Nelson: Kill those snakes in the grass!by Dara Kam | July 14th, 2009
U.S. Sen. Bill Nelson is asking federal officials for a posse.
A python posse, that is.
Nelson sent a letter to U.S. Department of the Interior Secretary Ken Salazar asking him to approve a python-kill because the slithering beasts are taking over the River of Grass.
Nelson earlier this year introduced a bill to ban imports of Burmese pythons and classifying them as “injurious animals.”
Two weeks ago, a pet python strangled to death a two-year-old Florida girl, creating an uproar about the invasive predators.Officials “need to get a grip on pythons invading America’s Everglades,” Nelson wrote.
“They are threatening endangered wildlife there – and, Lord forbid, a visitor in the Everglades ever encounters one,” he wrote.
Nelson’s proposing an organized hunt to diminish the ever-growing python population in the ‘Glades. The posse could consist of park rangers or deputies and volunteers, Nelson suggested.
Read Nelson’s letter after the jump.
July 14, 2009
Secretary of the Interior
Department of the Interior
1849 C Street, Northwest
Washington, D.C. 20240
Dear Secretary Salazar:
As we have discussed, we need to get a grip on pythons invading America’s Everglades. Thus, I would offer two things.
First, I appreciate your input on my bill that would ban the import of Burmese pythons. Many of these dangerous snakes are making their way into the ‘Glades because they are being released by their owners. My legislation would classify pythons as an injurious animal and would prohibit their import and interstate trade.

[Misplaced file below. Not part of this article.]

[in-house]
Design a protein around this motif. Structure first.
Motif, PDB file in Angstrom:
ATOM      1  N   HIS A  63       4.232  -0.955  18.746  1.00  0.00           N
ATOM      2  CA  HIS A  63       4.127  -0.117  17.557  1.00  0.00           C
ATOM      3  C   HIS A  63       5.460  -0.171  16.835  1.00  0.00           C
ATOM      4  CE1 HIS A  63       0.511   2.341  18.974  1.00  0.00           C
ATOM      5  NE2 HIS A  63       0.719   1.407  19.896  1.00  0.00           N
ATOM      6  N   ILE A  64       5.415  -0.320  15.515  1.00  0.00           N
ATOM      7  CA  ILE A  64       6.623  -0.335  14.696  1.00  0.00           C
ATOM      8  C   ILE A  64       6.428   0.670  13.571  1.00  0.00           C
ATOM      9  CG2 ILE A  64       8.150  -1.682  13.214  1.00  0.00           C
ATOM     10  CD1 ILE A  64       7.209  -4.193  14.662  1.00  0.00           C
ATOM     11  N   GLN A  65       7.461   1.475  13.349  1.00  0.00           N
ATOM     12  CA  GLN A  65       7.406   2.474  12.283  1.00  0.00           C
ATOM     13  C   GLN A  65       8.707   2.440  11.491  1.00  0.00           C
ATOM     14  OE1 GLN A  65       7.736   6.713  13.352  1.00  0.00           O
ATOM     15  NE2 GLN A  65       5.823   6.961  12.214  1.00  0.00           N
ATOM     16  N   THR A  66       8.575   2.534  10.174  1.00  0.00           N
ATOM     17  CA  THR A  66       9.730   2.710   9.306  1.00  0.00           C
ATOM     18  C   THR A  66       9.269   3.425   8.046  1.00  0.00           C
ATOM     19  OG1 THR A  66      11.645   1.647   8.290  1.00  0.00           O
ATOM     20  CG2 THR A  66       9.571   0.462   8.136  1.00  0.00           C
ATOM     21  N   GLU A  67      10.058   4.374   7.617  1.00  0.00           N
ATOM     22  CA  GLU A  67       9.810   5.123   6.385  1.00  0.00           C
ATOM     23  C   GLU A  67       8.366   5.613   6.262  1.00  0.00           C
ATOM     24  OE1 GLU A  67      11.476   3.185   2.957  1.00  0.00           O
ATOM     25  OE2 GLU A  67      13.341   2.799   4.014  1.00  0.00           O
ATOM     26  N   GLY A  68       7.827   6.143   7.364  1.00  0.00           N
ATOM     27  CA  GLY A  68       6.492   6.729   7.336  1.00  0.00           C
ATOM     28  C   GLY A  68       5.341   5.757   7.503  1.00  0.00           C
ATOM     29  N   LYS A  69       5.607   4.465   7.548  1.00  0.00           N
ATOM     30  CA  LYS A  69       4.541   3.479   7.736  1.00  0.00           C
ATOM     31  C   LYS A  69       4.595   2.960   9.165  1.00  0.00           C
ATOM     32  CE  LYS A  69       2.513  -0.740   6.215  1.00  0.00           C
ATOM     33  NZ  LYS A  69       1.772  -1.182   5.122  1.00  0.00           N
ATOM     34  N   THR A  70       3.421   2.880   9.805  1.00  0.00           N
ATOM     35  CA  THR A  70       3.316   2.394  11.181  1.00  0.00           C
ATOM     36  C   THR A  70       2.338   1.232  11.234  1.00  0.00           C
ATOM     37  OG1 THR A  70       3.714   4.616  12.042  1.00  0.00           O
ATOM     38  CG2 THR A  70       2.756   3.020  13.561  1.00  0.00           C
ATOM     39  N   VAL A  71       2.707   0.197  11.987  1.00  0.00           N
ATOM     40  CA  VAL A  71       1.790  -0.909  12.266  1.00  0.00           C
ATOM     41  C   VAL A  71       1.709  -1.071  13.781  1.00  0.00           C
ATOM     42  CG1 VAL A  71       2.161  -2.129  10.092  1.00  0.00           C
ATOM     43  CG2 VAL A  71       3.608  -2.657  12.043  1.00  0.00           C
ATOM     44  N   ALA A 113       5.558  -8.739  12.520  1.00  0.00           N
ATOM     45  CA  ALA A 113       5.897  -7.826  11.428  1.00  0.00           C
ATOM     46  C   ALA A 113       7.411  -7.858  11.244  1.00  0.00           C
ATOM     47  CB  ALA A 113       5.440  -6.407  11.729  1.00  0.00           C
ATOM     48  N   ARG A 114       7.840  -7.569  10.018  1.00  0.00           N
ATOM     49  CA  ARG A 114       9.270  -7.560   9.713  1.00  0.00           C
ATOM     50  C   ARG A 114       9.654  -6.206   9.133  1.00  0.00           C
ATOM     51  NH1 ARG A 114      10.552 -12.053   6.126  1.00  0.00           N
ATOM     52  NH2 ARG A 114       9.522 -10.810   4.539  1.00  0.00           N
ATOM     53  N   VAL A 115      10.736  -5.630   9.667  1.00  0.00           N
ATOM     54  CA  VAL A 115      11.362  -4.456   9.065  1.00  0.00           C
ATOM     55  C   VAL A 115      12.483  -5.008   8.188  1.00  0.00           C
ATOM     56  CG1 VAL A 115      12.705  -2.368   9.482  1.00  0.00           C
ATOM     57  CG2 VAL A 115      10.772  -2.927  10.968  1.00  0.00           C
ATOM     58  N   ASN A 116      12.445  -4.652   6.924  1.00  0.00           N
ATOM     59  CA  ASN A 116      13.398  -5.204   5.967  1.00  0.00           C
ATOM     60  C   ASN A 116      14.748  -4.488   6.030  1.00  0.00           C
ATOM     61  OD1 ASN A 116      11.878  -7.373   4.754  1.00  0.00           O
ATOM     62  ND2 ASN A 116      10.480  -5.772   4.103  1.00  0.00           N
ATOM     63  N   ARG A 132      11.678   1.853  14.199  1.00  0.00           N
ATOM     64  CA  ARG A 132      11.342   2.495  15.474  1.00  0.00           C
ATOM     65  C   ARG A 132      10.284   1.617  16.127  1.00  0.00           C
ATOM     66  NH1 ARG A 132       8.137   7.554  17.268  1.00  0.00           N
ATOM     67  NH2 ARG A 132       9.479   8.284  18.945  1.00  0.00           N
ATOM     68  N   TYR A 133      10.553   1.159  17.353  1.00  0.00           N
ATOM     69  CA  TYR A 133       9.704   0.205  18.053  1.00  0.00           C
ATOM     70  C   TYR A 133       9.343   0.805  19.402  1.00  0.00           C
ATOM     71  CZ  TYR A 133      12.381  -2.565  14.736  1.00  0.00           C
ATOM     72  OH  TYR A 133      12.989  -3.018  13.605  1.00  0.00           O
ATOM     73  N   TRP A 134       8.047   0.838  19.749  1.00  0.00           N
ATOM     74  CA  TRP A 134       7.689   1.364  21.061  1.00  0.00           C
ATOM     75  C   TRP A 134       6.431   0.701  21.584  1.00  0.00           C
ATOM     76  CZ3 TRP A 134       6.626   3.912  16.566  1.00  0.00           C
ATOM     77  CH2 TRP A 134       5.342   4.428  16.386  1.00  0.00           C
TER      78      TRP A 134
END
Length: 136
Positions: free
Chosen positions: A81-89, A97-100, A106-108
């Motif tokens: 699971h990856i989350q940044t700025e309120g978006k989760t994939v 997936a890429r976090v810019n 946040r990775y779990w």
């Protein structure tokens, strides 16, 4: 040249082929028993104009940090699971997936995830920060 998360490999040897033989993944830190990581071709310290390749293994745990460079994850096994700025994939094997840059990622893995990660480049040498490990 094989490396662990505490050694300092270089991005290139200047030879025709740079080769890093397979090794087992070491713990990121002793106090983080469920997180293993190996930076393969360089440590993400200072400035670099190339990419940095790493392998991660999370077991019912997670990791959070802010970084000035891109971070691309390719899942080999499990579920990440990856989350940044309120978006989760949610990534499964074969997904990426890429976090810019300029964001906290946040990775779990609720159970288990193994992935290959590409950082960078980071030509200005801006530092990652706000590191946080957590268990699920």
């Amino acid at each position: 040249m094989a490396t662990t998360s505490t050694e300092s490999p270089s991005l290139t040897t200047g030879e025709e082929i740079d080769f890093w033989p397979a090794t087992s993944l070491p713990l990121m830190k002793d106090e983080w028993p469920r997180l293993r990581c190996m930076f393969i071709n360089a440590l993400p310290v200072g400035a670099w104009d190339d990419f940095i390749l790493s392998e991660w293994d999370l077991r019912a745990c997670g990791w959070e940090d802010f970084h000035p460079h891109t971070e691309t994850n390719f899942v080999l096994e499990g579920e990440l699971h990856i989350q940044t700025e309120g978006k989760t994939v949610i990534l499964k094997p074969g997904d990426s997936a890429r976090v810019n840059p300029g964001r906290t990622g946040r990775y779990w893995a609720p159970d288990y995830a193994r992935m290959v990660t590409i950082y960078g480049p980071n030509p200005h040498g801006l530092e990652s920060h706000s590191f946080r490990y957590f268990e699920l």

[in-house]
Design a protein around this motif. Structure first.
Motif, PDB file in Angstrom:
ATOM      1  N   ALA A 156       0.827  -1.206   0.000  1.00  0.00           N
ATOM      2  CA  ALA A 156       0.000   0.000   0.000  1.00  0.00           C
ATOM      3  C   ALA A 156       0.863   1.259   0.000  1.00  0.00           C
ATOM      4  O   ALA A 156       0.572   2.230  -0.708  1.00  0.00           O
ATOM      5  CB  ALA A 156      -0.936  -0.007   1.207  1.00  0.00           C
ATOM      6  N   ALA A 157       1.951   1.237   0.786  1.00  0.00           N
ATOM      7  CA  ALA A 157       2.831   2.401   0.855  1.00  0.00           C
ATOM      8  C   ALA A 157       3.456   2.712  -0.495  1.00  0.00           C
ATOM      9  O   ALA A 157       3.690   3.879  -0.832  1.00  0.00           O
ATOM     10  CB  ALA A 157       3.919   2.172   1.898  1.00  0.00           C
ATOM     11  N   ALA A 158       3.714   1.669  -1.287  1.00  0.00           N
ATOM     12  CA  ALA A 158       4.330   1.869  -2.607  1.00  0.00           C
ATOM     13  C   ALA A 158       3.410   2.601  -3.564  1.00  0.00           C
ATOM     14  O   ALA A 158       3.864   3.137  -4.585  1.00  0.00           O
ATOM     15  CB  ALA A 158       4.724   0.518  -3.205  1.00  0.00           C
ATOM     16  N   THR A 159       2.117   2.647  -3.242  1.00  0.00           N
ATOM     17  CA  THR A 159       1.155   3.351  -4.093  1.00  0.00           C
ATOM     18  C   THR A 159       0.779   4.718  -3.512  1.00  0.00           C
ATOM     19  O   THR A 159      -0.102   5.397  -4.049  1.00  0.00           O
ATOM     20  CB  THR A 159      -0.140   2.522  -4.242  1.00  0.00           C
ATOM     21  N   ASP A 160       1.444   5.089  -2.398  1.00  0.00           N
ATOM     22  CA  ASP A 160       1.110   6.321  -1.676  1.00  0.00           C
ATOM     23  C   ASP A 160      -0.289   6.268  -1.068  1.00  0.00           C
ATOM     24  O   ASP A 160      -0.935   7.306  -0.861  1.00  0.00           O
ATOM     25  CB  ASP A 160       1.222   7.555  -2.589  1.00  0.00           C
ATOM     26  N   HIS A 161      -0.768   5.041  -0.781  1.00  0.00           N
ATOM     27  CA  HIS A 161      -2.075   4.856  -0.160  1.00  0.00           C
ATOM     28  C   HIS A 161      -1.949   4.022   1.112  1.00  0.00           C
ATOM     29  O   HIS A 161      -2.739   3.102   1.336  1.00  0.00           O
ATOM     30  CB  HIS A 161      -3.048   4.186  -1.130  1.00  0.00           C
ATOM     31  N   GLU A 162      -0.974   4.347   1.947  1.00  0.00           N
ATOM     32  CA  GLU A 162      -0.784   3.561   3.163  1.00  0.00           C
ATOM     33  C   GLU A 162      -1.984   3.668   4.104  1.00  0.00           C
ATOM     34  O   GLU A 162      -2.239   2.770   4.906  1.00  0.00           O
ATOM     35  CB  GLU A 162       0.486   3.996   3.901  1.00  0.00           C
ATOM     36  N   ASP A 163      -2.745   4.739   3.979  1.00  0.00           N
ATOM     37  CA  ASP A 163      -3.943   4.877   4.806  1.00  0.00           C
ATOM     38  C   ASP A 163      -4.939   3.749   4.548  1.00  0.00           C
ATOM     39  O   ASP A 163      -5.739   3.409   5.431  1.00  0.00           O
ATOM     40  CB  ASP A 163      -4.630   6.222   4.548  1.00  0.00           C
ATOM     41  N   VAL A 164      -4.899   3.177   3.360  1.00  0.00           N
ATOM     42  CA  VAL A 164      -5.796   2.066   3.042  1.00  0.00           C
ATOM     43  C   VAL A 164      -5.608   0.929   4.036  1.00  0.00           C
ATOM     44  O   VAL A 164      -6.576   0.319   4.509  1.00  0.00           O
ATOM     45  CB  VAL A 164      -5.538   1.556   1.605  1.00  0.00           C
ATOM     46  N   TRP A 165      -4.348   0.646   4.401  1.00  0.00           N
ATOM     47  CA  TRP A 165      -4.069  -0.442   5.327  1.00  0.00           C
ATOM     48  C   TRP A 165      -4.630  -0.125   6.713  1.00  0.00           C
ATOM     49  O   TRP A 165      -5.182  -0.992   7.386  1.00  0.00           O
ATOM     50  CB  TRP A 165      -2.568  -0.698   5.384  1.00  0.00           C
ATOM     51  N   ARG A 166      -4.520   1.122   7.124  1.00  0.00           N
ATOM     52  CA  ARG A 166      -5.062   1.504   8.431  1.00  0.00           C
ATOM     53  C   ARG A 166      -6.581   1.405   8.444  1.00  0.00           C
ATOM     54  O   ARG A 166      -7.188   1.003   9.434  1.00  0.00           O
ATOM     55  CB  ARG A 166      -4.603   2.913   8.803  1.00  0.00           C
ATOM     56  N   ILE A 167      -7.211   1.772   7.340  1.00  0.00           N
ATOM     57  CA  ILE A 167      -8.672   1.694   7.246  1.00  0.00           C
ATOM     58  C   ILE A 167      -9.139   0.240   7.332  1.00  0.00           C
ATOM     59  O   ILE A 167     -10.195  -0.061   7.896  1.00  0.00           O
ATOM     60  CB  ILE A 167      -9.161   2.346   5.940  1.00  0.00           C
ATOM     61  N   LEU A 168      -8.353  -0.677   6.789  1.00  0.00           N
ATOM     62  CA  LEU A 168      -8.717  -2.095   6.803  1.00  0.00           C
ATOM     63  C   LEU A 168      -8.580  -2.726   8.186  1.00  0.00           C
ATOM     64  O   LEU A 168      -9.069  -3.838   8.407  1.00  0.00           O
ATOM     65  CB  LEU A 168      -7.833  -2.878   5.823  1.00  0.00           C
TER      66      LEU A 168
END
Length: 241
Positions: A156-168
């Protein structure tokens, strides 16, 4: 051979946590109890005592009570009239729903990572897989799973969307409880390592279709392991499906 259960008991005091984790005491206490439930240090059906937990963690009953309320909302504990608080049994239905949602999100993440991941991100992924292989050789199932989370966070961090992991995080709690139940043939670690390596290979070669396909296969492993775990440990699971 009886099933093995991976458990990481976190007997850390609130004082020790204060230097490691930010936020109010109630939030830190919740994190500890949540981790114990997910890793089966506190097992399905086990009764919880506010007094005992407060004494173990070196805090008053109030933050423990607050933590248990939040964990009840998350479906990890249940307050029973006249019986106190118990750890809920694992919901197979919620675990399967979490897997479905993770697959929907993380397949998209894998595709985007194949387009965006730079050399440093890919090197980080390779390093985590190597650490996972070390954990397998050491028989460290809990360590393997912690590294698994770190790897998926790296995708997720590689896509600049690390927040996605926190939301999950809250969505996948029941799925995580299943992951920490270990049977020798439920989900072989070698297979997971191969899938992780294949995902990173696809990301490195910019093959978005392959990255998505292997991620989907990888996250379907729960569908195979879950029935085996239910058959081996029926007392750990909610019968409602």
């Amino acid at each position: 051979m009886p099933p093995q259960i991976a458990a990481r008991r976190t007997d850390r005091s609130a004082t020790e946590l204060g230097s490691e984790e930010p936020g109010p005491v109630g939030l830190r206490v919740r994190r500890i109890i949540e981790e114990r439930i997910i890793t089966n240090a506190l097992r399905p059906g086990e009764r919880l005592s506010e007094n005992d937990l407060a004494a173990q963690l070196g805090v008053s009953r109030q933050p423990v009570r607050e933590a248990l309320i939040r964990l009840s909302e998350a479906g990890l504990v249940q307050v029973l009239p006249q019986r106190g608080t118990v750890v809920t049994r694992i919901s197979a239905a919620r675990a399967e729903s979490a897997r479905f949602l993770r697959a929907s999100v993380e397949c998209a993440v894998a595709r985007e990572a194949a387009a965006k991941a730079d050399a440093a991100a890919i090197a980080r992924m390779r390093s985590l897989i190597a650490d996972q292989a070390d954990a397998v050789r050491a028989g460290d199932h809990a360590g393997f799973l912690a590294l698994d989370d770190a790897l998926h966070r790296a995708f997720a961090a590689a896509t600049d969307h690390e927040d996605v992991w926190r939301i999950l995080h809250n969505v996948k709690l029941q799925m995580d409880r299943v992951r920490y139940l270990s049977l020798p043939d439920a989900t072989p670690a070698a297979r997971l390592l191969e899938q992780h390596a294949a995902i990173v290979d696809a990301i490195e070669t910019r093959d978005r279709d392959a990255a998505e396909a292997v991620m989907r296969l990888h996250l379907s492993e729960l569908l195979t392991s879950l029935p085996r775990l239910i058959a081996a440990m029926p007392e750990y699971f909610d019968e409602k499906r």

Passage of this bill would put an end to people importing these things. And, I hope we never again would have to see what we saw in Florida three weeks ago: a toddler strangled to death by a pet python.
Second, when we visited the Everglades recently we heard a variety of ideas for capturing or killing many of the estimated 100,000-or-more pythons now roaming the ‘Glades. They are threatening endangered wildlife there – and, Lord forbid, a visitor in the Everglades ever encounters one.
One idea seems particularly promising. Some, including Florida Gov. Charlie Crist and the Florida Fish and Wildlife Conservation Commission, appear open to an organized hunt. This is not intended in any way to open our national parks to hunting per se. Steps must be taken to protect the Florida Panther and other wildlife.
Instead, the U.S. Park Service, under your direction, would allow for a supervised hunt of pythons by park staff, authorized deputies or agents and volunteers. Given the serious threat from these snakes, I ask that you approve of taking this step.